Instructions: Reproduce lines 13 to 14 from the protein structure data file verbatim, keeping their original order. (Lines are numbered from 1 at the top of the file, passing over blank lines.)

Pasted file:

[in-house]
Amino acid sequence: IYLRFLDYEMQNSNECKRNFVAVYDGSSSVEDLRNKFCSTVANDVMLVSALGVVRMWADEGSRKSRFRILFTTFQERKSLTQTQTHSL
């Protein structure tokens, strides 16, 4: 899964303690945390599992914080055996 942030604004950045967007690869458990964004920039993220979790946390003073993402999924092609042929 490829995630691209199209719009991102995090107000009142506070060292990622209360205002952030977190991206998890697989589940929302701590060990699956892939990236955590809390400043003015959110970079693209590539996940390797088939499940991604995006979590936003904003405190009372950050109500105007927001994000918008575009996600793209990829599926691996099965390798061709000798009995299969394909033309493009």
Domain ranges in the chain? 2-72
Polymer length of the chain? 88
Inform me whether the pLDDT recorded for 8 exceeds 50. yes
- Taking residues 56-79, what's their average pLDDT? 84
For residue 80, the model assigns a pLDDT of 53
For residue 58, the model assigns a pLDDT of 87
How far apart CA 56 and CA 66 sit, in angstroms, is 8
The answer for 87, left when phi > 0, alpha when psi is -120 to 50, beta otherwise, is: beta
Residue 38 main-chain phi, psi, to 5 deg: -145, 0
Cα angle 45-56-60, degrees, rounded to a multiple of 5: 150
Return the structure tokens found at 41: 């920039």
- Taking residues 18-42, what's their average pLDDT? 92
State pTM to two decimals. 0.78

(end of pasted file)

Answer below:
Cα angle 45-56-60, degrees, rounded to a multiple of 5: 150
Return the structure tokens found at 41: 């920039």